The jaw-dropping Golden Buddha of Wat Traimitr in Bangkok is the largest Golden buddha Image in the world. It stands 15 feet 9 inches tall and weighs approximately 5.5 tons of pure solid gold.
It is crafted in the typical artistic style of the days when Sukhothai (427 km from Bangkok) was the capital of Thailand in the 13th-15th century. It is now more than 700 years old.
The image was originally covered in stucco plaster and the story how it was discovered still awed people to this day:
In 1931, the East Asiatic Company extended their work (with official permission) on the grounds of the abandoned Choti-Naram Temple in Yannawa District of Bangkok. The principal image of the Buddha was moved to Wat Traimitr to be enshrined there. They were all dumbfounded why the the stucco image was so heavy, so it ramained untouched on one corner of the temple grounds for the next 20 years.
It was only in 1955 when they finally planned to enshrine the almost forgotten image of the Buddha to the main temple. When it was tried to be moved, they found it impossible. They have to use a crane to lift it and place it on the intended shrine.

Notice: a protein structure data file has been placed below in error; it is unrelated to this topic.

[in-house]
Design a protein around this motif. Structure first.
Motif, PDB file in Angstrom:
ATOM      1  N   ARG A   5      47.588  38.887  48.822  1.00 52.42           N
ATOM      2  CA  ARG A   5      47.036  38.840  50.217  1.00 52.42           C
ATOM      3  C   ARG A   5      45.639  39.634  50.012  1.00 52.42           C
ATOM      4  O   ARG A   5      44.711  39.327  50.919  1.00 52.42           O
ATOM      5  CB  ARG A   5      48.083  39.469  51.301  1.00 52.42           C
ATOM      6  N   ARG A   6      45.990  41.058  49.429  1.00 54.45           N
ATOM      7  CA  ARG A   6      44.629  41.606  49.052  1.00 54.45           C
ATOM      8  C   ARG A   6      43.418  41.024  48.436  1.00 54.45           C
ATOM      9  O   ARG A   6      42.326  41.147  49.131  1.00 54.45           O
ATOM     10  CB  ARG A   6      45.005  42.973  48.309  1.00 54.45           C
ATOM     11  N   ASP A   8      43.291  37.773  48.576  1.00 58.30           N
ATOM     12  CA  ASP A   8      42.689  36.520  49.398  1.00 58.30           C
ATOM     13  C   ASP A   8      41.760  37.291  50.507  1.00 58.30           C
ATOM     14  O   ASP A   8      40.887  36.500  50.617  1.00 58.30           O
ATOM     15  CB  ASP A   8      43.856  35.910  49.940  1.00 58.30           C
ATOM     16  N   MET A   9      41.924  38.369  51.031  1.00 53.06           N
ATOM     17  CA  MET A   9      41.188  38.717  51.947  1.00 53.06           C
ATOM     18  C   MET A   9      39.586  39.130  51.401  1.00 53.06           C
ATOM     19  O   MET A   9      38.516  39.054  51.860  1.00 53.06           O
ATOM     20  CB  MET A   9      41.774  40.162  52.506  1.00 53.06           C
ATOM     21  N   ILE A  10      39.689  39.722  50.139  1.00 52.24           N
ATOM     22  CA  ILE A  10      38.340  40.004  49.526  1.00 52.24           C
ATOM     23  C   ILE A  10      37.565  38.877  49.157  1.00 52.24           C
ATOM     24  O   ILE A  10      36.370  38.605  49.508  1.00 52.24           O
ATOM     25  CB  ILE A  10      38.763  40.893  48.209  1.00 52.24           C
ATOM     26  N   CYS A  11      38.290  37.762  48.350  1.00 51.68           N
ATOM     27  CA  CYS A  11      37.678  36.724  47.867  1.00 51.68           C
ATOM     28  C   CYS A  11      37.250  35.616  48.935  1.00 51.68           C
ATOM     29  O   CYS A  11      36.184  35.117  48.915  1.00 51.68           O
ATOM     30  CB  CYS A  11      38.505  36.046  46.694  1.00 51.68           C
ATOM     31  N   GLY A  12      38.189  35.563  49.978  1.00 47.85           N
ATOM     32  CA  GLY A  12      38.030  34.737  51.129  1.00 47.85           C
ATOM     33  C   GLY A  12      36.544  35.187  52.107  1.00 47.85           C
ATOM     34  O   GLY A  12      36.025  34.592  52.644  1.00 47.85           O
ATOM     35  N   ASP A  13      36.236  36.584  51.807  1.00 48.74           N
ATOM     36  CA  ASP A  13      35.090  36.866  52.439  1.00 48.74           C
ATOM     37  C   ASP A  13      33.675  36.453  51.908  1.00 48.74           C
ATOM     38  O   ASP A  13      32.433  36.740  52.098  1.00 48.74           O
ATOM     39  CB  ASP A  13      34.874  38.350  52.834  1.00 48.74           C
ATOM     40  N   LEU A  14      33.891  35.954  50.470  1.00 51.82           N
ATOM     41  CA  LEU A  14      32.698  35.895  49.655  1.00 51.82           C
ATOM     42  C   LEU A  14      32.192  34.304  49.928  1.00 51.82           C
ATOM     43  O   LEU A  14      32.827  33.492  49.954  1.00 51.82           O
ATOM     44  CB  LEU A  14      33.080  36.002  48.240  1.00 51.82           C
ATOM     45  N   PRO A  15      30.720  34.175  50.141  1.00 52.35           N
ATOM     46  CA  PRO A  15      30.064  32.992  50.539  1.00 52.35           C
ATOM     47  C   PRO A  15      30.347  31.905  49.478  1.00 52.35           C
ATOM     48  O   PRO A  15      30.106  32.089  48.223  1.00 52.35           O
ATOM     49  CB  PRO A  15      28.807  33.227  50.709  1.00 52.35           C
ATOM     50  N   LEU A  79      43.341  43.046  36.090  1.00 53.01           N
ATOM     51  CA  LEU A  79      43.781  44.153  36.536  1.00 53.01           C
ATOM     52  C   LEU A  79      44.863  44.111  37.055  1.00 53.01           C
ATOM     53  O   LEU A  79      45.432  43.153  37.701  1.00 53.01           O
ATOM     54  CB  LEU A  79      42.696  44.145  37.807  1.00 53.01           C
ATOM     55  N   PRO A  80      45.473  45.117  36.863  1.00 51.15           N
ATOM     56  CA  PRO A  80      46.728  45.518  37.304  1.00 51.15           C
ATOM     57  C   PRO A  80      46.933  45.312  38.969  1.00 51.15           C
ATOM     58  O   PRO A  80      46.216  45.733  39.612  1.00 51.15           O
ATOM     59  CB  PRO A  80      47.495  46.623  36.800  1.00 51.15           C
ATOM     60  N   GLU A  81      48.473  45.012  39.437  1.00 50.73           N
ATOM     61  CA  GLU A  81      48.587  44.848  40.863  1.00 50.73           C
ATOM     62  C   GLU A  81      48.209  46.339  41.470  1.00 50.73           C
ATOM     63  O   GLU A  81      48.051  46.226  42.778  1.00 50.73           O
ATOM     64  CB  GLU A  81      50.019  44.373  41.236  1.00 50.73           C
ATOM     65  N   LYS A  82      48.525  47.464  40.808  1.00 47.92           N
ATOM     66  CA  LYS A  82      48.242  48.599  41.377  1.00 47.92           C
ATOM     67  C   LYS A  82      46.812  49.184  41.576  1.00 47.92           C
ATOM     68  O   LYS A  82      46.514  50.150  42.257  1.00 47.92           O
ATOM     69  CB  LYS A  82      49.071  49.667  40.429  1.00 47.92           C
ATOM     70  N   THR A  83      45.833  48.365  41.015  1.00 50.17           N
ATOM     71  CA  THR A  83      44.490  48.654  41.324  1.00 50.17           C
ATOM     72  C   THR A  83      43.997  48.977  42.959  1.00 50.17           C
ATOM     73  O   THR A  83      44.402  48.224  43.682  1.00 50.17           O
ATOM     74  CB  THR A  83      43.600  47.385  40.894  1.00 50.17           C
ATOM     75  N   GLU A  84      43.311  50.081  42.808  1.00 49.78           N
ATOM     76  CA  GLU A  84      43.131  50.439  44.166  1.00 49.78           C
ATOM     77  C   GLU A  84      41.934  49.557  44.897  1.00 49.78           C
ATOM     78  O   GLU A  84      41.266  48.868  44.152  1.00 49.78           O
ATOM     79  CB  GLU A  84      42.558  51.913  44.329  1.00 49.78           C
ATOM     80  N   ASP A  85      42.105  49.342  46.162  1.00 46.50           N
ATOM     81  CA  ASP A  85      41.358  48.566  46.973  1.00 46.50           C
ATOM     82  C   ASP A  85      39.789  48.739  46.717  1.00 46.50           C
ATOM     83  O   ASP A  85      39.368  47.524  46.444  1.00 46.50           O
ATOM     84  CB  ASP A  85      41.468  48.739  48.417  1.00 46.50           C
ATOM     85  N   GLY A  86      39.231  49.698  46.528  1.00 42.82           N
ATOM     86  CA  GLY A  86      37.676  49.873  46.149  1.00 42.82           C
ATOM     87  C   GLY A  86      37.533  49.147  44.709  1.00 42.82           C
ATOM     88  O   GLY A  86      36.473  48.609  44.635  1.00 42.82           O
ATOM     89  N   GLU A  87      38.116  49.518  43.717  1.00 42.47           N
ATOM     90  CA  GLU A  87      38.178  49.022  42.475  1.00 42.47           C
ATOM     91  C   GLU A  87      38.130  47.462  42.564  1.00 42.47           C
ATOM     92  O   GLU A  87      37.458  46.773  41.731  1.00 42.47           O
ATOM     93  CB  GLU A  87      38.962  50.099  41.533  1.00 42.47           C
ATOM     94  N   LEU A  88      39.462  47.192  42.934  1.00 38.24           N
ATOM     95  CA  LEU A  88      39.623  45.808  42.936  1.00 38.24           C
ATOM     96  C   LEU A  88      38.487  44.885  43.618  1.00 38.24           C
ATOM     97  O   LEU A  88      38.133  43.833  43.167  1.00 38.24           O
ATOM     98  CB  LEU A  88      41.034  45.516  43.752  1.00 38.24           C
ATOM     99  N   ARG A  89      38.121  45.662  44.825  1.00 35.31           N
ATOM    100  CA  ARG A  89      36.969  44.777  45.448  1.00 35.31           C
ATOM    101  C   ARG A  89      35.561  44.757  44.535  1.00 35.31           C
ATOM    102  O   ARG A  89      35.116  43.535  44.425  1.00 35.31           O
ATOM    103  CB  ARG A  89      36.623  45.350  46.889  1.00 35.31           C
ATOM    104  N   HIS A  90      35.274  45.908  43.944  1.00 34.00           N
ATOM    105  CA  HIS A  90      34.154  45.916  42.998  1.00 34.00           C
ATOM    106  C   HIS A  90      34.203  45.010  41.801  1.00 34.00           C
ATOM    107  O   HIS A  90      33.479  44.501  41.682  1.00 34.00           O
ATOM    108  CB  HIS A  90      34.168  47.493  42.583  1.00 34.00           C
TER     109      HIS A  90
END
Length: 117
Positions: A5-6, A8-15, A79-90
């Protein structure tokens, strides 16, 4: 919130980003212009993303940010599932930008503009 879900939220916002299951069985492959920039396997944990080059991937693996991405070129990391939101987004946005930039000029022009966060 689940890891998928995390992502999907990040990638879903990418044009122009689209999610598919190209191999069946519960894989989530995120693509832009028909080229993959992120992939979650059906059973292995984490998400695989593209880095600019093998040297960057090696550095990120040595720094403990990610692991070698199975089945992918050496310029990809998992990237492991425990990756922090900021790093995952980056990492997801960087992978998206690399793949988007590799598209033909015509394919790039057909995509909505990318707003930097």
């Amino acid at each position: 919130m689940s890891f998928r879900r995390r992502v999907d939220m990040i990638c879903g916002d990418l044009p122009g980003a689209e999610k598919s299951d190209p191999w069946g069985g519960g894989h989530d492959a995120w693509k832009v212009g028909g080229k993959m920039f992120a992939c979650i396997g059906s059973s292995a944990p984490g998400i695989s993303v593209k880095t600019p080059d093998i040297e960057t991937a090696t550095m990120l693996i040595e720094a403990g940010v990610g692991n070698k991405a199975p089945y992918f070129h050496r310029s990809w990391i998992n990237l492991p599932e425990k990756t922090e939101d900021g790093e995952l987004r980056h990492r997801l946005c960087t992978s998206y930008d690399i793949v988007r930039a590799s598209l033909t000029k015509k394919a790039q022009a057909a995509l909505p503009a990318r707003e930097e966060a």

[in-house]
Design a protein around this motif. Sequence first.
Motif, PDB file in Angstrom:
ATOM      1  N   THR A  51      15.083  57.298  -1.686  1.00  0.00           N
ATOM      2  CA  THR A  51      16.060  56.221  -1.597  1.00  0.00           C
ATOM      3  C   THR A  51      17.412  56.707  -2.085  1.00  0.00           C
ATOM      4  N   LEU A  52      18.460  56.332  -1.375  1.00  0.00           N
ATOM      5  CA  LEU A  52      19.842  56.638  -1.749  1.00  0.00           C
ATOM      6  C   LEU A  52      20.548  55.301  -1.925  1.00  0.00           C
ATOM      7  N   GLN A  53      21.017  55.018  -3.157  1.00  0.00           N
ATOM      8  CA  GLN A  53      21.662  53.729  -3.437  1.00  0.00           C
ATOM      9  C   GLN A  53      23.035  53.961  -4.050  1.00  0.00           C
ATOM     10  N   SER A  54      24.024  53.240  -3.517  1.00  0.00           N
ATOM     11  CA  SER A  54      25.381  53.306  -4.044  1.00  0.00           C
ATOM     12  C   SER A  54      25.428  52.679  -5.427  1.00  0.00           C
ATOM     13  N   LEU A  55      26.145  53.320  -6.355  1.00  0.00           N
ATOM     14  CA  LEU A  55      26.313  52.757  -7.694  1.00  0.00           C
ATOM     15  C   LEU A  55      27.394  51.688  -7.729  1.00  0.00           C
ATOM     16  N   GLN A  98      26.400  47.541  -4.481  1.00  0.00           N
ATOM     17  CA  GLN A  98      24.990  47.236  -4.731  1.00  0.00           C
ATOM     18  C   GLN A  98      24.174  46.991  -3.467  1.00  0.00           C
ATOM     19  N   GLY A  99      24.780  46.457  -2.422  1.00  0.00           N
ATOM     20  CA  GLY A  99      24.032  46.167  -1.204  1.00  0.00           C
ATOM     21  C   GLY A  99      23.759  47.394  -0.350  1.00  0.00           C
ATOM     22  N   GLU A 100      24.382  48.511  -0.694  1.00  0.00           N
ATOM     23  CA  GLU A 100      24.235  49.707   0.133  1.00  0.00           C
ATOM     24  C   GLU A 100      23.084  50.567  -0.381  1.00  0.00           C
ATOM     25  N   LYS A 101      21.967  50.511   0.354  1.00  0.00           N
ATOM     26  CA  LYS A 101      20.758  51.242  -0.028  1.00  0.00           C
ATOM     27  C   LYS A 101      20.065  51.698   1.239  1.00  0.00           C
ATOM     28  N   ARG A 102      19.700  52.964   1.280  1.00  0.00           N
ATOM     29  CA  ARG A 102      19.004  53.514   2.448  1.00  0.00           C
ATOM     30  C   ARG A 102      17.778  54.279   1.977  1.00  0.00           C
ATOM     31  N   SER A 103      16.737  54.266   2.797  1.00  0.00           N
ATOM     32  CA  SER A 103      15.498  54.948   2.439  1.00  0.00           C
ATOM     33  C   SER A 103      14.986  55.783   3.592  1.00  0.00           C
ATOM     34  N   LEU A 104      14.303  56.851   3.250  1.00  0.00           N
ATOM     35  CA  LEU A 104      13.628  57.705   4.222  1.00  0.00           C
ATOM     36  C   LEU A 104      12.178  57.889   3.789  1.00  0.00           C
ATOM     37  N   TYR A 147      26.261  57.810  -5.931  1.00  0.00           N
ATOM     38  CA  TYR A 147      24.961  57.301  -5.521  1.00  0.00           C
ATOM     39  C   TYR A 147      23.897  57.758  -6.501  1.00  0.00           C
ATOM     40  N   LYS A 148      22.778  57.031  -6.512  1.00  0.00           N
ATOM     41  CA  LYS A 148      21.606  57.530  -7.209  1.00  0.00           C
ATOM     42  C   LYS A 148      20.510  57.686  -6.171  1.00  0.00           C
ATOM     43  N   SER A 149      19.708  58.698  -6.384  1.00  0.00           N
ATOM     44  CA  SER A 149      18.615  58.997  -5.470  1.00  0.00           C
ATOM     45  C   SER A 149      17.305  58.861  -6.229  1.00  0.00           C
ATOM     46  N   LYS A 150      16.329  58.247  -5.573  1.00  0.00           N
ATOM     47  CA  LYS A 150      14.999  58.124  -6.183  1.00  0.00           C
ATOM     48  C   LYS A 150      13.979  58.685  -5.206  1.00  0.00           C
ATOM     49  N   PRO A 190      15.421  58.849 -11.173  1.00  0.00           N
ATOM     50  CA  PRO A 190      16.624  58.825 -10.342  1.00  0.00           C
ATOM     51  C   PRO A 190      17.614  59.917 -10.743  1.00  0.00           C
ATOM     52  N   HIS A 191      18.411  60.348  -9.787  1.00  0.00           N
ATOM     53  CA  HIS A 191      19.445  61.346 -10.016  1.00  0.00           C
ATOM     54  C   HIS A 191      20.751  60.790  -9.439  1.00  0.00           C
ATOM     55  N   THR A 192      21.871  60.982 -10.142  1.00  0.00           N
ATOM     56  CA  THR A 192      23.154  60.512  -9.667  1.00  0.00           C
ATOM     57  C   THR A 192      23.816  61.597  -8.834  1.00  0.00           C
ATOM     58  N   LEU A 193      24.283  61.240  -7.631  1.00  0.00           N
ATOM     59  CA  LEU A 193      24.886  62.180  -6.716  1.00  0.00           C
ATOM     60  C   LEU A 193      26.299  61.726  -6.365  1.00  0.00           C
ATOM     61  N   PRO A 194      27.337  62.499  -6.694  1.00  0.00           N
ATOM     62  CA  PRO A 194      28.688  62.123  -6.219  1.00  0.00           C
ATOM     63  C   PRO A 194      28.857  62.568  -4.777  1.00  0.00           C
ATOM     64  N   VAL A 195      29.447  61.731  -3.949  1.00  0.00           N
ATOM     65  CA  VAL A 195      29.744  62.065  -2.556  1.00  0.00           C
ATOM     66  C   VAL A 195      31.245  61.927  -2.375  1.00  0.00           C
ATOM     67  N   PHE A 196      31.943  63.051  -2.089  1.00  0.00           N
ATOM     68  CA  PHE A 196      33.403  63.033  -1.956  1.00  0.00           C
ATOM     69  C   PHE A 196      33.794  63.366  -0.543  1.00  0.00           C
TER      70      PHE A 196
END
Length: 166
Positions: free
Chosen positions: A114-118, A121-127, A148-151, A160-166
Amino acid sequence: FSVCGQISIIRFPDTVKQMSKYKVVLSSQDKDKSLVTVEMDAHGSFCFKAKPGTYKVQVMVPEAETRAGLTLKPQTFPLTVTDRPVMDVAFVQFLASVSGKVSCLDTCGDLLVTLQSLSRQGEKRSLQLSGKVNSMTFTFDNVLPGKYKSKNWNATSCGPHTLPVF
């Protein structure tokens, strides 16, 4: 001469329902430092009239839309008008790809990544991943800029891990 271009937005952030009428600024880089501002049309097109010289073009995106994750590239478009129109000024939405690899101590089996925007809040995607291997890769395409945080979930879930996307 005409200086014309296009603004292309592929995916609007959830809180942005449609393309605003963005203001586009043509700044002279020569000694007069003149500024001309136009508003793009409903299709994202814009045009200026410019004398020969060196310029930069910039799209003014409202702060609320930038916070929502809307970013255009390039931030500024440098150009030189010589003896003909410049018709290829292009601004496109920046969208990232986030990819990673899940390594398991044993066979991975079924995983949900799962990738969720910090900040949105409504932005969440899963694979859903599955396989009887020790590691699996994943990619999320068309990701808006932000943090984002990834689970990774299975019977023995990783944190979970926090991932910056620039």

The crane tripped over, dropped the image and a part of the stucco plaster fell off! They were all dumbfounded of what they saw; The image, as it turned out, was made of pure solid gold! And it was crafted in the typical artistic style of the Sukhothai period. Now the image is deemed on its artistic value, it's history and of course its worth in gold.
It is now enshrined in a discreet corner of the Trimitr Temple where it was originally placed in the 50's. Tourists asked why such precious image made of solid gold is not guarded at all. Well, it is too heavy to be stolen anyway and the temple gates are too small. If somebody wants to steal it, he would have to use a friggin' crane and demolish the temple gates too! Not a very discreet operation, is it?
Legend has it that the said image was covered in stucco plaster to conceal it from the invading Burmese. Burma has a habit of invading and sacking the Thai Kingdom in those days (where are they now? Ha!). *one eye brow raised as high as Mt. Everest*
How an image, as heavy as this, was transported from Sukhothai (in panic) to Bangkok over 700 years ago still awed scholars and historians to this day.